This blog was written by Elaine Gast Fawcett, and was posted on her website, Philanthropy Writing, on February 9, 2011. We are re-posting it here with her permission.
Like many people, I’ve had good Valentine’s Days and well, not so good.
The not-so-good dates back to middle school, when I, like many of my classmates, anxiously awaited one of those pink-dyed carnations from what I hoped would be a secret admirer. Much to my dismay, the carnation never came, and for years, it left me feeling downright uneasy about the 14th of February.
I later came to realize that Valentine’s Day is about much more than getting flowers or conversation hearts that say “Hot Stuff” or “Be Mine.” I love it that there’s a day in our busy lives when we officially celebrate love. I’m not just talking romantic love, like Hallmark would have us believe, but the real-deal, universal stuff-of-life that makes up who we really are. Behind all our roles and personalities and professionalism, each of us, at essence, is a living, loving being. Sure, on the other 364 days of the year we might try to fake it, but on this one day, the world agrees: Love is where it’s at. Call it spirit, call it sweetness — whatever you want to call it, we’ve all got it. It’s just a matter of what we do with it.
There are plenty of ways to do good and feel good this Valentine’s Day. Here are a few of my favorites.
1. Will You Be My…Volunteer? There’s no shortage of ways you can help. Volunteer at a local soup kitchen, animal shelter, or favorite nonprofit, or offer to tutor a child in reading or math. You can find loads of opportunities on VolunteerMatch, or check out DoSomething, which helps younger folks rock the causes they care about.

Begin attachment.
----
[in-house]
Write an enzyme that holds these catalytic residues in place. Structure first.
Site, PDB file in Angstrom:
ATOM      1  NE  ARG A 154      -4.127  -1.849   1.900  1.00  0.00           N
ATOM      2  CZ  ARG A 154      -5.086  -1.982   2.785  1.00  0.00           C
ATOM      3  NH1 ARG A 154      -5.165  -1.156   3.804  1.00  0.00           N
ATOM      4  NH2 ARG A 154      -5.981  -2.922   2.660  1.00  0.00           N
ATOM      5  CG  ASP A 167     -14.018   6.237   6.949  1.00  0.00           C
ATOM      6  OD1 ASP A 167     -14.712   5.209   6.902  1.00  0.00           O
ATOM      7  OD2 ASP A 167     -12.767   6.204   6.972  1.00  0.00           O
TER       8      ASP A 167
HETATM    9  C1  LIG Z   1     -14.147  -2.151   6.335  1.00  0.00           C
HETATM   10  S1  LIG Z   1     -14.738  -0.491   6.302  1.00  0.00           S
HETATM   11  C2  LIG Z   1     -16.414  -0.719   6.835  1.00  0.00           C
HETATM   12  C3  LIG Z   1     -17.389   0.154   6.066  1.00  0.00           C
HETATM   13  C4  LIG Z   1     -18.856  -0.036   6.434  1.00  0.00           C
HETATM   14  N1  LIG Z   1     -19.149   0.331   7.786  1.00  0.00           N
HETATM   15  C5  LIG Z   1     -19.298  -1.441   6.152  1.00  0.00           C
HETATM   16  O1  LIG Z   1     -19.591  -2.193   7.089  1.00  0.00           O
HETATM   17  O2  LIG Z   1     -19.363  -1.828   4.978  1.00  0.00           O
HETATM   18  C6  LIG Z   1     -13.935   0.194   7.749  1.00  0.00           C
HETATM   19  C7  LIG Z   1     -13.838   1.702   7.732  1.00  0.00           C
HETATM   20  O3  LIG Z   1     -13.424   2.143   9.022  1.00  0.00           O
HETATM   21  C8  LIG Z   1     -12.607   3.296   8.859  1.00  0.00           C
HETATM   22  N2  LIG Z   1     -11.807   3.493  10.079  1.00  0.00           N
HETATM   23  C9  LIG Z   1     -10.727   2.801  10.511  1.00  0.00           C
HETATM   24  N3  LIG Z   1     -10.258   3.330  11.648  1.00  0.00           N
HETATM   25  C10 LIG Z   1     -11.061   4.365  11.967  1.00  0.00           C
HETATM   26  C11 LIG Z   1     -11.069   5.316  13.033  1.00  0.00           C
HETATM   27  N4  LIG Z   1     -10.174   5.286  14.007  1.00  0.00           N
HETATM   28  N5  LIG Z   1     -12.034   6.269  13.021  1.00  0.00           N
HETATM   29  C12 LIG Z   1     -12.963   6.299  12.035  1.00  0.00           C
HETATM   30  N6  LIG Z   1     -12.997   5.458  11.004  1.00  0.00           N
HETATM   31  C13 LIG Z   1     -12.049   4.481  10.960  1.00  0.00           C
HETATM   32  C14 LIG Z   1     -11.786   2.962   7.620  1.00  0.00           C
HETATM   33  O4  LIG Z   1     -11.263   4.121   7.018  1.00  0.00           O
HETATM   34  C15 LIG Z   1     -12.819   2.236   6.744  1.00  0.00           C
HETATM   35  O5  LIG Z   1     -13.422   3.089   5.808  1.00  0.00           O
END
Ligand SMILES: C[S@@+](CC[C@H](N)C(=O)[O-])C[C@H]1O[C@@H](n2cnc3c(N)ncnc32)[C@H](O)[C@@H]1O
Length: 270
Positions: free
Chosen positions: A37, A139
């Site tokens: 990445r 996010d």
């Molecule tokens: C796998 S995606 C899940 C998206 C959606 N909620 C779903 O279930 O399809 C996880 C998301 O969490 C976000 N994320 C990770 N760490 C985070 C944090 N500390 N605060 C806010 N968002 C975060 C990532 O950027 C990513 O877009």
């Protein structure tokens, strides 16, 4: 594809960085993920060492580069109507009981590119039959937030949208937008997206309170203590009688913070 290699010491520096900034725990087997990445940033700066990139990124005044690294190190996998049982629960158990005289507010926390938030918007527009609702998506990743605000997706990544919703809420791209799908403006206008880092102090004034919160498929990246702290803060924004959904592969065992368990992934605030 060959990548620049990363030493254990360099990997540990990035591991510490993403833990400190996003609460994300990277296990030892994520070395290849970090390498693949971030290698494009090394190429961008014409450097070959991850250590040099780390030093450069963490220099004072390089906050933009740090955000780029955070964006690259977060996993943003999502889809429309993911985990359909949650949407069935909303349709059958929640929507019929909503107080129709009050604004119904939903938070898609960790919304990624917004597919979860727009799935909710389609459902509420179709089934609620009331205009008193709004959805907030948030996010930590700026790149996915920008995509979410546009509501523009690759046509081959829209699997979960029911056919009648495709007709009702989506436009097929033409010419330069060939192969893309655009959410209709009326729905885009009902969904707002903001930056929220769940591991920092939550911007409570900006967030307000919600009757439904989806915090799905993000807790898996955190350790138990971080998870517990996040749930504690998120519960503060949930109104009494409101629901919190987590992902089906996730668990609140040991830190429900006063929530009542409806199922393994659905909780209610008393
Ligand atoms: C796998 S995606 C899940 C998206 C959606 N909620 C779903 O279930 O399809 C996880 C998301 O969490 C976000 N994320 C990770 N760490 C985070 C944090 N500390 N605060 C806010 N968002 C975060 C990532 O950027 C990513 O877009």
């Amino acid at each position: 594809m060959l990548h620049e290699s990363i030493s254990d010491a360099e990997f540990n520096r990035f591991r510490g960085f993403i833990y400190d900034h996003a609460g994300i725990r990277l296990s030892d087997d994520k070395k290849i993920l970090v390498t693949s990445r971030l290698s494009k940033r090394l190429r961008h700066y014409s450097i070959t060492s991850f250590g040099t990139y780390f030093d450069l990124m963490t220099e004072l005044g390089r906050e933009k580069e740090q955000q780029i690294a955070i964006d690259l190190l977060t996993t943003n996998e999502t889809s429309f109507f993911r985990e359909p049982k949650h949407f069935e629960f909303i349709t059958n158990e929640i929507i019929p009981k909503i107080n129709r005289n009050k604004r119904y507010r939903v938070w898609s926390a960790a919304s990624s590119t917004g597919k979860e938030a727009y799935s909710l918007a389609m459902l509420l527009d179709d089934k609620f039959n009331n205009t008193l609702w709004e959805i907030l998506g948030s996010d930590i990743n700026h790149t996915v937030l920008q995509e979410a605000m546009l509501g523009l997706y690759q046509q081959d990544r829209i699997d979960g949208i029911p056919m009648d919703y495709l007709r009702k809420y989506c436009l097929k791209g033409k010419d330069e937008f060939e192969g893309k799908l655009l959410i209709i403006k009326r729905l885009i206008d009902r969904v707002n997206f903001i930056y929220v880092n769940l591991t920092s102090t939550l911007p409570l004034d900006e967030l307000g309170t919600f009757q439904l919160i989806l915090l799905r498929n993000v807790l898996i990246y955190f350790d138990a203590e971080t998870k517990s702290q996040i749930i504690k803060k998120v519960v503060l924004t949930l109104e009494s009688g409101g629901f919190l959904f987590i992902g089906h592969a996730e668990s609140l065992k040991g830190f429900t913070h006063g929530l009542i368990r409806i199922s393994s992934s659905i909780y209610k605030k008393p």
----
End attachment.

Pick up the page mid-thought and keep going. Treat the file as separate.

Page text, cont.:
2. Put the “Fun” in Fundraising. If you’re taking that special someone out for a pricey dinner, why not have your bill go to a good cause? Check your newspaper or online city pages for Valentine-themed fundraisers that support local nonprofits. Or better yet, throw your own happy hour or party, and donate the proceeds to charity.
3. Give a Little Bit. Sometimes a little helps a lot. Looking to put your money where your mouth is? Donate a dollar a day to a cause that calls to you through Philanthroper. Or support students and classrooms in need in your hometown through DonorsChoose.
4. Send Love Letters. Not just to your sweetheart, but to people and organizations that are doing good things for the world. Tell them why you respect and appreciate their work, and that they really do make a difference. If you’re feeling extra romantic, include a donation.
5. Reach Out to Those in Need. Deliver homemade Valentine’s cards or heart-shaped cookies to the sick, the elderly, the homeless — and their caregivers. Call a local children’s hospital, nursing home, domestic violence or homeless shelter and ask how you can donate an hour or two of your time.
5. Give Gifts That Give. There are dozens of charitable shopping sites and online nonprofit stores selling gifts for a good cause. Look for red Motorola phones, Gap T-shirts and iPods from Apple to support the (Red) Campaign, or find cause-specific gifts to alleviate hunger, breast cancer, deforestation and more at Greater Good. Can’t find the perfect gift for your special someone? Give a Good Card through Network for Good.
6. Remember Those Who Serve You. Think of all those people who make your life easier and more convenient — every single day. Give a thank-you card to the bus driver or the barista who serves you your latte. Personally thank the janitor who keeps your office or campus clean, or the people who pick up your trash. Leave your waiter an extra tip, and smile–big–at the gas station attendant.